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Kid with babysitter

The Complete Babysitter Checklist

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The Holidays are an exciting and busy time and can also be a time when families turn to babysitters for assistance with childcare. Planning and preparing your child and your babysitter for their visit can help alleviate stress for families. Consider this your complete checklist of things to consider when using a babysitter.

First thing’s first

Before picking your perfect babysitter, it is a good idea to get to know them before their visit. Meeting with your babysitter beforehand can help parents, kids and the babysitter feel more comfortable. Here are a few things you can do before to make sure everyone is ready when the babysitter arrives:

  • Meet with your babysitter in advance. Show the sitter around your house, pointing out fire escape routes and potential areas that may cause problems. Review the use of alarm systems, stair gates, etc. This is also a great time to let your child meet your sitter.
  • Confirm that your babysitter has first aid and CPR training.
  • Have questions ready for your babysitter so that you can gauge if the sitter will be a good fit for your family’s needs.
  • Ask for references from other families who have used the same sitter.

Bonus tip: Consider hiring your babysitter for a test run while you are at home. This is a great way to allow you, your child and the babysitter to get to know each other – and can give you a few hours to get some things done around the house!

Emergency contacts

Always leave a list of important information with your babysitter. This information should be easily accessible to your babysitter. Consider posting a list of important numbers and addresses on your refrigerator or texting the list to your babysitter in advance of their visit.

Always leave the following information with a babysitter:

  • Parents’ phone numbers
  • Neighbors or grandparents’ phone numbers
  • Pediatrician’s name and phone number
  • 911
  • Poison center
  • Home phone
  • Home address

All about allergies

Review your child’s allergies and leave an easily accessible list with the babysitter. This is especially important if your babysitter will be ordering or preparing food for your child. If your child takes any medications, uses an inhaler or uses an Epi-pen, make sure the babysitter is aware and trained on administering.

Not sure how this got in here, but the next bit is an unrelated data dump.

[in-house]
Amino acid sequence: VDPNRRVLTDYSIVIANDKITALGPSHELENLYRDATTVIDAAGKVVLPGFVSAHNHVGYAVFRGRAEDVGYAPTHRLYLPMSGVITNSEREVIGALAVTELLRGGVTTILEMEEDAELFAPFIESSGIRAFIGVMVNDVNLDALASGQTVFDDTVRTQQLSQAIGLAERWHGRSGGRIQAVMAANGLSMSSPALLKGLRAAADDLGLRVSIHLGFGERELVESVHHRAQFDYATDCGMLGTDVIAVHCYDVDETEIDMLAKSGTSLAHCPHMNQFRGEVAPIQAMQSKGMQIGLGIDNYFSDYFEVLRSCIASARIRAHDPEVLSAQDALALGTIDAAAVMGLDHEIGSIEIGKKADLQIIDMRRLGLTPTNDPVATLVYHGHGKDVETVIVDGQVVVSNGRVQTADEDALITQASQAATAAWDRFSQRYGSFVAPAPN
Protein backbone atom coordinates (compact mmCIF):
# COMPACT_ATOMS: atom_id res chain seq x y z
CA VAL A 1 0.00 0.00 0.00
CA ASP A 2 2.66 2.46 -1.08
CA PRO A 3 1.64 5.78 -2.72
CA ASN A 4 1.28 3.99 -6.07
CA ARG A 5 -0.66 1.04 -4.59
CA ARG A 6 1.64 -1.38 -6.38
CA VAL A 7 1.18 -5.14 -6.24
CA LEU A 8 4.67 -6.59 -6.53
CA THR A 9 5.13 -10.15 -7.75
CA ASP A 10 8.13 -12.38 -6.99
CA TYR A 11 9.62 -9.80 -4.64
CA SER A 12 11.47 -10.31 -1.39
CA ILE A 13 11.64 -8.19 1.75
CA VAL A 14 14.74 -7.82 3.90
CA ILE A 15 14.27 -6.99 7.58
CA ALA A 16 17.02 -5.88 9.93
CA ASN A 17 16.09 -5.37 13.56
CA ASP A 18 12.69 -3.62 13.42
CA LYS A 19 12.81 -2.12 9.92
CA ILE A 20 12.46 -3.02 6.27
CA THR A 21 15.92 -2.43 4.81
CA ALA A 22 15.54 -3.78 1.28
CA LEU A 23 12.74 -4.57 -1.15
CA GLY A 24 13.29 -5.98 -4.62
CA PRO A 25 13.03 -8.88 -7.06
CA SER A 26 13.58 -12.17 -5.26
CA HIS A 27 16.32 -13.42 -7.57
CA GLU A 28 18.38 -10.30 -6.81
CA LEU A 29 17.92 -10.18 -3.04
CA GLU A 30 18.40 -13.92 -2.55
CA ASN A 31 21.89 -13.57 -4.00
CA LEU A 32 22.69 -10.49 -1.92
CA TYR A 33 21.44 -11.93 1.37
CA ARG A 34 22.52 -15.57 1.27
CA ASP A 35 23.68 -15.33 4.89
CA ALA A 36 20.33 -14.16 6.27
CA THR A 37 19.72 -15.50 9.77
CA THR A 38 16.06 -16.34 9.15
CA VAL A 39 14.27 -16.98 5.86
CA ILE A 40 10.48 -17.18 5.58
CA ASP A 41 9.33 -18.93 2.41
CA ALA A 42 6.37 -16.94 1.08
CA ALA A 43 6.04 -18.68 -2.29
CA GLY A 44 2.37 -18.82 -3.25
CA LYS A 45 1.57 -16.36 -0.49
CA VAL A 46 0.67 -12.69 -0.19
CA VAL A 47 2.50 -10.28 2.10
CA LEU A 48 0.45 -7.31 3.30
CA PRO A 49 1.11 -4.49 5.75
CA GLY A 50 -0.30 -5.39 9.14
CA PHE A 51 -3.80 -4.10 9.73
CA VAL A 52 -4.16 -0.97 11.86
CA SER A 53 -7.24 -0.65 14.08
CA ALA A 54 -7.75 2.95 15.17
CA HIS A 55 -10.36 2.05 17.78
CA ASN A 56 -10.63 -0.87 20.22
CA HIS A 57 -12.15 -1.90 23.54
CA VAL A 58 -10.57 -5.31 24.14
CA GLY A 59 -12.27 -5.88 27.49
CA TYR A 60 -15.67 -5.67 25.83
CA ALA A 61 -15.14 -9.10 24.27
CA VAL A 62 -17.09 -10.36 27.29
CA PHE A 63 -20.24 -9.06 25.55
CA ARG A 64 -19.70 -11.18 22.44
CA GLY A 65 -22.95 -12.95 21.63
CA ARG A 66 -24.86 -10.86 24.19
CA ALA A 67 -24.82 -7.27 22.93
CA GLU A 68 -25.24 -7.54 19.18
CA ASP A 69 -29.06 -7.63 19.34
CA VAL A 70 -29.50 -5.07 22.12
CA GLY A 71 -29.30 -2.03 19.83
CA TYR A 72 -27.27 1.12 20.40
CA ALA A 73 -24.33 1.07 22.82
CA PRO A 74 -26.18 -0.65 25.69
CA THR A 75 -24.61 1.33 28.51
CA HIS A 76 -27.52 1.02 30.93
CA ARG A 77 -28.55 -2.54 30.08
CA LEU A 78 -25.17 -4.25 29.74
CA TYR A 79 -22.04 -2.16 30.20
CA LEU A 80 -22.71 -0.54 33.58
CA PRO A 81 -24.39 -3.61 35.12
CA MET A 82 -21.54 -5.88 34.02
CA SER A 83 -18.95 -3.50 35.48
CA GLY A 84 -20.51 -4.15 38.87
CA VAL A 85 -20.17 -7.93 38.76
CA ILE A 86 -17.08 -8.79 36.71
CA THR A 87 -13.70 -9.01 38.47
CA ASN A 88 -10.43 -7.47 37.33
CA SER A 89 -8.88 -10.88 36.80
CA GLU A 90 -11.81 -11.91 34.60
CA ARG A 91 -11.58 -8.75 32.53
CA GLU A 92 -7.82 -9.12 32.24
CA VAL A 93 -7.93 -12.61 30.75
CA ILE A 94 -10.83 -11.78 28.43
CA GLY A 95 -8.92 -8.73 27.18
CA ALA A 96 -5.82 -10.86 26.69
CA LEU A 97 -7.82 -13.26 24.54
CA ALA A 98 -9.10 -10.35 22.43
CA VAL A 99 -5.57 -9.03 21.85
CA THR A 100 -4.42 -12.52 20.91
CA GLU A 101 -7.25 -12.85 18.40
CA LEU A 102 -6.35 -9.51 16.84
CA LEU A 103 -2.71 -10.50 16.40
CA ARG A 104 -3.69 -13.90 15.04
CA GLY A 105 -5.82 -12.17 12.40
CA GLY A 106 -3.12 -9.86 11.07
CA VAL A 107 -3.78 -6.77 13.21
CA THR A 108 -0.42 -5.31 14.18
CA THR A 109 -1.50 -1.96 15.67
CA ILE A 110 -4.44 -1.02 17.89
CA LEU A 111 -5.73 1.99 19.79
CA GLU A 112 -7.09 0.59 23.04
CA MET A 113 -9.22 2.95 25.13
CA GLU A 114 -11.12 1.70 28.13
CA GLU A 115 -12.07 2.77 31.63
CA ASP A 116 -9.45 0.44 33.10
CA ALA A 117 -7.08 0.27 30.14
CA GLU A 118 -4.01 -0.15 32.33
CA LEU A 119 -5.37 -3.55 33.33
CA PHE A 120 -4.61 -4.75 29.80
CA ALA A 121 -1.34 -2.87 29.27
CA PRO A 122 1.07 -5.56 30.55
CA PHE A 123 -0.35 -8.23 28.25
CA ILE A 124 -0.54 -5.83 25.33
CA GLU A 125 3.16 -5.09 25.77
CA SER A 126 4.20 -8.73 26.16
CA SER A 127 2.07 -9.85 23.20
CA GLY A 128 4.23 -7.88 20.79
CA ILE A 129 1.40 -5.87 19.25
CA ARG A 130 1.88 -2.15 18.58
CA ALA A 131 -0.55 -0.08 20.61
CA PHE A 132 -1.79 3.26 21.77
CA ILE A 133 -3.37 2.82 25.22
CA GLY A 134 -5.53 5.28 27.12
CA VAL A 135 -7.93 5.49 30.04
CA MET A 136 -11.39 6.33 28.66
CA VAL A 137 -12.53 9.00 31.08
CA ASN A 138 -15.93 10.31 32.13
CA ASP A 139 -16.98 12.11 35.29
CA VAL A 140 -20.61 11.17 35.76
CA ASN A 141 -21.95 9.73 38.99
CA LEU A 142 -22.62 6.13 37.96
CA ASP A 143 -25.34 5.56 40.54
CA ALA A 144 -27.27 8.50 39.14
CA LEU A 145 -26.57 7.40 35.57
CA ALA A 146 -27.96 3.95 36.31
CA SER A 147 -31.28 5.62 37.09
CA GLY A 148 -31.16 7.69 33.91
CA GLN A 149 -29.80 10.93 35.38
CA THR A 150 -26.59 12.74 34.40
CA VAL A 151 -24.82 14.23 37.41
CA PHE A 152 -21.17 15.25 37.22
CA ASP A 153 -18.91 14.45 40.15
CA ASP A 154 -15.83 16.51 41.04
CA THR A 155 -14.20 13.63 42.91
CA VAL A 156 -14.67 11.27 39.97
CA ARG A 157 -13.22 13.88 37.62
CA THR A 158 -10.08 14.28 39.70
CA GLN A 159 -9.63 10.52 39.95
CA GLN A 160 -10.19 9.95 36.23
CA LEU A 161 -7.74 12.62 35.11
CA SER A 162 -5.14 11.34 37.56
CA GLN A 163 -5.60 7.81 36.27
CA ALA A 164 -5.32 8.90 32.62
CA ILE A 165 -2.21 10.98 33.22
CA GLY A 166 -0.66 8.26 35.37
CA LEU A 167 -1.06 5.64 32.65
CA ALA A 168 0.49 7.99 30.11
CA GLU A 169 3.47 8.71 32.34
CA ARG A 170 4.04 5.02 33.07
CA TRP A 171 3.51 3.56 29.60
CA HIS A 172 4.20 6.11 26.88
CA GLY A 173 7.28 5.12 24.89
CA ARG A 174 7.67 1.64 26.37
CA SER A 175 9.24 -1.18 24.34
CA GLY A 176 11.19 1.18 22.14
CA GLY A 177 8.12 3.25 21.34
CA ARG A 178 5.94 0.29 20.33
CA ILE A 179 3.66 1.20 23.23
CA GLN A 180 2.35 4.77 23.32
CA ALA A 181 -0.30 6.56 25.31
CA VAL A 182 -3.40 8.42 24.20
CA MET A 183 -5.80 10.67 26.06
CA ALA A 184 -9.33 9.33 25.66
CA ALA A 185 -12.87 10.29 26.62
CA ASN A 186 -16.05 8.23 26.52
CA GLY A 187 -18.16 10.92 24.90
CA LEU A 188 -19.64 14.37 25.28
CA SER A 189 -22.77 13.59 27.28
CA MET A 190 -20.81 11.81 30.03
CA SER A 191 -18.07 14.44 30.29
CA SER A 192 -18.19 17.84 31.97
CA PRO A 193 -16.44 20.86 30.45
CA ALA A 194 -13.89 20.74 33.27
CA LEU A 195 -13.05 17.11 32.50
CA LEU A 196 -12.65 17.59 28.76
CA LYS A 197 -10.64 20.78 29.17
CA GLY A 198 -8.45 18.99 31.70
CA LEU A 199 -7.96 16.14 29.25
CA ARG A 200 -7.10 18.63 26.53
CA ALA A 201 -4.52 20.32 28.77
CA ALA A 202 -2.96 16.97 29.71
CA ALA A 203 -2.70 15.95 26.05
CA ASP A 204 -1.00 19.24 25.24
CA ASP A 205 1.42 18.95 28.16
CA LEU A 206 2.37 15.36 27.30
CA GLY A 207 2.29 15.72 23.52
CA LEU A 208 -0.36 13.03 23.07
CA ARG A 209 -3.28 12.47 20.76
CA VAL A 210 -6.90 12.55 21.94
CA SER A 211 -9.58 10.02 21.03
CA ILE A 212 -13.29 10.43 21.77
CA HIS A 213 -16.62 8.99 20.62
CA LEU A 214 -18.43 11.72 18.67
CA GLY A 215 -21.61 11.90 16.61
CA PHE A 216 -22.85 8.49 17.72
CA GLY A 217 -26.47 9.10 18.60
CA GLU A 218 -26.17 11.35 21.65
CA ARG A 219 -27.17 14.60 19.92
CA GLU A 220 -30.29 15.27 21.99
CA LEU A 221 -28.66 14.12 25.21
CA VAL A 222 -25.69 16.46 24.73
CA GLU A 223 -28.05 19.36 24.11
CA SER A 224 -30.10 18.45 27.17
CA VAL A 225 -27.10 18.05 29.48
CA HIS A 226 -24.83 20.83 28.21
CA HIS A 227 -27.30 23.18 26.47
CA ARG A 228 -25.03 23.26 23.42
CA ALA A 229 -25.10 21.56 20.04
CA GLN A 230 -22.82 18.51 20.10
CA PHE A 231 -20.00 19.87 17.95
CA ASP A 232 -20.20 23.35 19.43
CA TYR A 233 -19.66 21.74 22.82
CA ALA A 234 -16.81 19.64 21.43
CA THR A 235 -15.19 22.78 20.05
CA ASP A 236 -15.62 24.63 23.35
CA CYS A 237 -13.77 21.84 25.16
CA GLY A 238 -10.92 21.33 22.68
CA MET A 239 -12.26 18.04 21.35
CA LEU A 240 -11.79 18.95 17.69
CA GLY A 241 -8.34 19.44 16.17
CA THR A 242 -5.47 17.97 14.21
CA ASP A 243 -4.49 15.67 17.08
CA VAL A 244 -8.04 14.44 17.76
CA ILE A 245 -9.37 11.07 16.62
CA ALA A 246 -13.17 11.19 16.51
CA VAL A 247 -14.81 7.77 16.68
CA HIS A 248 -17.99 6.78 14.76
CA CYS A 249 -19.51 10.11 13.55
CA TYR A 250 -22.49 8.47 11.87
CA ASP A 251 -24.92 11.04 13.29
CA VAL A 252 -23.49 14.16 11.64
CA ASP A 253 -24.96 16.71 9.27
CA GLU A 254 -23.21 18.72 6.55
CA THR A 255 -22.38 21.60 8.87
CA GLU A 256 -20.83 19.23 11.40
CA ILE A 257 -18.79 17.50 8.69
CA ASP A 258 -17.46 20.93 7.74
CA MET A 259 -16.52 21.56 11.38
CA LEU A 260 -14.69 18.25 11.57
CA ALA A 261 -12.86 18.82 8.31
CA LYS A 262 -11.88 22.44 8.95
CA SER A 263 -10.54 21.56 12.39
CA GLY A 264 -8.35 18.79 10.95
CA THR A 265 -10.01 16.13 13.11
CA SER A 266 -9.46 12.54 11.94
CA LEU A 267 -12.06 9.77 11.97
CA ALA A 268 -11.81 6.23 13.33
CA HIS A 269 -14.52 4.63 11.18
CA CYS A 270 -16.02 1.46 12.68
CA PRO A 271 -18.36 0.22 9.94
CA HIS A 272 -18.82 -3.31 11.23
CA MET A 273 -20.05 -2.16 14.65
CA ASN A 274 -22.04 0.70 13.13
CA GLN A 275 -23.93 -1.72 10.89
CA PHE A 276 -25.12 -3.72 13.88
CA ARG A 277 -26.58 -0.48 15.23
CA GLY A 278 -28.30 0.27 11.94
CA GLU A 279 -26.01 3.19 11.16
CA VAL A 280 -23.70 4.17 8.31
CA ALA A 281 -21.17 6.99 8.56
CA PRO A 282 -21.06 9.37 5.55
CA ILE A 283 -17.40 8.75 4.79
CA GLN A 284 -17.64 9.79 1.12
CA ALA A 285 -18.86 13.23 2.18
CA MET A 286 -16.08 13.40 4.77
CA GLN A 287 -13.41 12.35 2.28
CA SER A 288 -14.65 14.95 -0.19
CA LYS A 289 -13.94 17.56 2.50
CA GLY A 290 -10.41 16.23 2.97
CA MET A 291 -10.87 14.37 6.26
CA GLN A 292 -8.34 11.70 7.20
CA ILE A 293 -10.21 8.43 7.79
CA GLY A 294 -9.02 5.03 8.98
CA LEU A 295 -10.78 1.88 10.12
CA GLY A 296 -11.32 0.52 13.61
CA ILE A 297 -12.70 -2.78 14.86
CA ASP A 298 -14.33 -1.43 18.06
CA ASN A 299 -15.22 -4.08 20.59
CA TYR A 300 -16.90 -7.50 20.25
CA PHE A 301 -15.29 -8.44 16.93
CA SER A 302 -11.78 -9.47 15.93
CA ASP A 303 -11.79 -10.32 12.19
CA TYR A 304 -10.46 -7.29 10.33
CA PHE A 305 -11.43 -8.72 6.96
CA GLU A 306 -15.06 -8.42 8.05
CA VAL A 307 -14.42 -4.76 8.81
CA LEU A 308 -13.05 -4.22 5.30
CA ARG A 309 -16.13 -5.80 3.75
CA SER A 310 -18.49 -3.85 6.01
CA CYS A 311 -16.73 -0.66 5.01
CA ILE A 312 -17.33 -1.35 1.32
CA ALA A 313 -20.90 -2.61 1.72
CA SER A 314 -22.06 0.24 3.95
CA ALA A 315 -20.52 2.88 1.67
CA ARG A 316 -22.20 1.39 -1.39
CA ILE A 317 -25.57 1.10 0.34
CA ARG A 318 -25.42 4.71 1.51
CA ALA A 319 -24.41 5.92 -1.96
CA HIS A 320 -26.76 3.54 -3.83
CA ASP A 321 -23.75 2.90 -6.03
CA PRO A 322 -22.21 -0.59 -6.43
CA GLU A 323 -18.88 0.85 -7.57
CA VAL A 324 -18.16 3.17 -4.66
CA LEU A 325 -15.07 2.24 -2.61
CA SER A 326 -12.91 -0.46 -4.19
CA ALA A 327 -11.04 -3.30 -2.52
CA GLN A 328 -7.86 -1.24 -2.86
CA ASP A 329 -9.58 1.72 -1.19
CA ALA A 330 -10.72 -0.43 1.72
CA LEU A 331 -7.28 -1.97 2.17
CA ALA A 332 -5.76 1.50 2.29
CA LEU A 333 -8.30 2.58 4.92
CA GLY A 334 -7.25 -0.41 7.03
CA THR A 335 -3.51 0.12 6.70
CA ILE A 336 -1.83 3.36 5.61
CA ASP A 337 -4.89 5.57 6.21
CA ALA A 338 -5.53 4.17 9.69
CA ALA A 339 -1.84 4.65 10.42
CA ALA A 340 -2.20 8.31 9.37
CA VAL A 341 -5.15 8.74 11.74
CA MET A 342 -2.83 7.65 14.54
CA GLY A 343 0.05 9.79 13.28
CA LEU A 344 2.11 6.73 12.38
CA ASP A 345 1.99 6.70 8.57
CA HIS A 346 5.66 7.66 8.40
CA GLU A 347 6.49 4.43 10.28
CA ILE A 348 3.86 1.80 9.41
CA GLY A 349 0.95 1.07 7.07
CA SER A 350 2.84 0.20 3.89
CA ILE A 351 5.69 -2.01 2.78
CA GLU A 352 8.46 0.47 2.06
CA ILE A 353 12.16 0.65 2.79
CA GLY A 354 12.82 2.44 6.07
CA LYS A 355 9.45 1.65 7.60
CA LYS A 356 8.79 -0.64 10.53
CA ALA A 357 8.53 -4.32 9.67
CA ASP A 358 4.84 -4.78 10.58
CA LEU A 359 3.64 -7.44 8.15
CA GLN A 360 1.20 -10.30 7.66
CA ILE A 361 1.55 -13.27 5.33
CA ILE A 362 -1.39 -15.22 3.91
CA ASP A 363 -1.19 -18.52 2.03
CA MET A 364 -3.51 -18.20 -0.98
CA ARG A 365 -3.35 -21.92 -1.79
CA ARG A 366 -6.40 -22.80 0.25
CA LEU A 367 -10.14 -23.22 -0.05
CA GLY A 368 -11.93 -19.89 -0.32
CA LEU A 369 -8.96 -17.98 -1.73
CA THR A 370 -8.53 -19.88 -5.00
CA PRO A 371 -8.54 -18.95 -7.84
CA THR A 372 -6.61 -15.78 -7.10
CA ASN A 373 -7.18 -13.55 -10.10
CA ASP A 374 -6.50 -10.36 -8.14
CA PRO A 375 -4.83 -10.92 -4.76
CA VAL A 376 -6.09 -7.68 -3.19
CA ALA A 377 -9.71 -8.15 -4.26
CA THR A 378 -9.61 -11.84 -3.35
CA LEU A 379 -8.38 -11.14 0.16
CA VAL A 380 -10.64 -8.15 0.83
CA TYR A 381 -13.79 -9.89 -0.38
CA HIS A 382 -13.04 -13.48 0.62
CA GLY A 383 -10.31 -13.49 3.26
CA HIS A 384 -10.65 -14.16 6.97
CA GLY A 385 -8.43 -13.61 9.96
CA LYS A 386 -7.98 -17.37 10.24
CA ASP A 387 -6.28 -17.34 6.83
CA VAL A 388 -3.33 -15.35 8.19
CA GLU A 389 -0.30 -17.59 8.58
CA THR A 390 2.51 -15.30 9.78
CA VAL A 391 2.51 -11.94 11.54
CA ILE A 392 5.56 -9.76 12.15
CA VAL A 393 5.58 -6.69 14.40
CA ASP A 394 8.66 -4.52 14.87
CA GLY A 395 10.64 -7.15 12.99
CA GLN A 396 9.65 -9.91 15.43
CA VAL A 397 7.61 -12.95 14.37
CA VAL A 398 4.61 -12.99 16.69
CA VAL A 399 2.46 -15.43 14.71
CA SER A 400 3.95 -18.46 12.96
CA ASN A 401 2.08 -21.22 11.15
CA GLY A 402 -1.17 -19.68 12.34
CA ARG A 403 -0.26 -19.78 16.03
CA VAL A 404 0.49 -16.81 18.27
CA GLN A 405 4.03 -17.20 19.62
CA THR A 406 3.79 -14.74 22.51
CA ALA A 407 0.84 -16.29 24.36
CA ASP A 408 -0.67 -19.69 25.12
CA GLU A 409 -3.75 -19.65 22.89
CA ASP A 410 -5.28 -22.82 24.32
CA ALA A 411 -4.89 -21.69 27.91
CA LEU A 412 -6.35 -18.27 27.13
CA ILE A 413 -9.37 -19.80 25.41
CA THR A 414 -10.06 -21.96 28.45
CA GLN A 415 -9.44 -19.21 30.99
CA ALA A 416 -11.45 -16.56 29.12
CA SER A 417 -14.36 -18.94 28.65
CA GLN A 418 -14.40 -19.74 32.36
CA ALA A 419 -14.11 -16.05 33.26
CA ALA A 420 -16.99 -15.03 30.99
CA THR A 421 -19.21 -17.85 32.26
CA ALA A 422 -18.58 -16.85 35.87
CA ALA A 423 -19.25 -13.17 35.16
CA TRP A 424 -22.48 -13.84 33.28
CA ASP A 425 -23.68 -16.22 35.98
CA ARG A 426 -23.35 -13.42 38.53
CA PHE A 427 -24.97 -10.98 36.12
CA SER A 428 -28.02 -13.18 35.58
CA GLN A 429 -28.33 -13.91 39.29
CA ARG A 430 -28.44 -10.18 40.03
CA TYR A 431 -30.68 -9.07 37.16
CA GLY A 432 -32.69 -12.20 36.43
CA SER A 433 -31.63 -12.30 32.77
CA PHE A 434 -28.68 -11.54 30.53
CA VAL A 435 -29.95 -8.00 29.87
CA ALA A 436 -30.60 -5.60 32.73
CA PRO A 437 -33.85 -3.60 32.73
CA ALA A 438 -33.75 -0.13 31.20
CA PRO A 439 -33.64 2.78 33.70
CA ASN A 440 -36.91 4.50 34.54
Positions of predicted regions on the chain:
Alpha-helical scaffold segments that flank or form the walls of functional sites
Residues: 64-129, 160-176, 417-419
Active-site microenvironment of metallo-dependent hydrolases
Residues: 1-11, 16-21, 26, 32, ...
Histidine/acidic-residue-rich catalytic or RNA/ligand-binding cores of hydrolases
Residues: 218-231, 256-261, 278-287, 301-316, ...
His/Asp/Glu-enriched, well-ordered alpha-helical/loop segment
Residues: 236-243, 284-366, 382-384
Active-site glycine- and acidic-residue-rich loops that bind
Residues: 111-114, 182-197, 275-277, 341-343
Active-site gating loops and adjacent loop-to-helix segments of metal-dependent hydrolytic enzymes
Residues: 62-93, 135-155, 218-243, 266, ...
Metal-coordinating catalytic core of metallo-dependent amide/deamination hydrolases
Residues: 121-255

Keep the routine

Review your child’s typical routines, including feeding, bathing and sleeping. Sticking to your child’s normal routine can help your child feel more comfortable, even when you are away.

Be aware of behaviors

If your child deals with any behavioral issues, make sure to let your babysitter know. Knowing your child’s possible triggers and how to handle outbursts will help your babysitter provide better care for your child.

Set expectations

Make your expectations very clear to your sitter. This will help your sitter know what is and what isn’t okay in your household.

Provide clear information about where you will be and when you will return. This will allow your sitter to plan accordingly and know when and where they can reach you, if needed.

Safety first

A few safety rules to discuss might include:

  • Do not give any medications without specific instructions.
  • Do not leave children unattended near water, even for a minute.
  • Review safe sleep for children under 12 months old.
  • Avoid foods that can cause children to choke – examples include grapes, hot dogs, nuts and popcorn. Review what options are available for meals and snacks while you are gone.
  • If you do not want your sitter to leave the home with your child, make sure to let them know.
  • Avoid playing near stairs, stoves, electrical outlets, etc.
  • If firearms are present in the home, make sure they are unloaded and stored in a safe. Store ammunition in a separate, secure location.

Things to consider during COVID-19

During current times, it is important to discuss any concerns regarding COVID-19 when hiring a babysitter. To help prevent the spread of coronavirus, you should keep your family at home as much as possible and avoid close contact with those outside of your primary household. However, there are instances when the need for a babysitter is unavoidable, such as if daycare centers have reduced hours during the holidays.

To protect your family against COVID-19:

  • Talk about COVID-19 with your babysitter and any concerns you may have.
  • Ask if your sitter has been exposed to COVID-19 or if they have had a test.
  • Ask your sitter to wear a mask while he or she is in your home.
  • Ask your sitter to practice frequent hand hygiene, including when they first step into your home.

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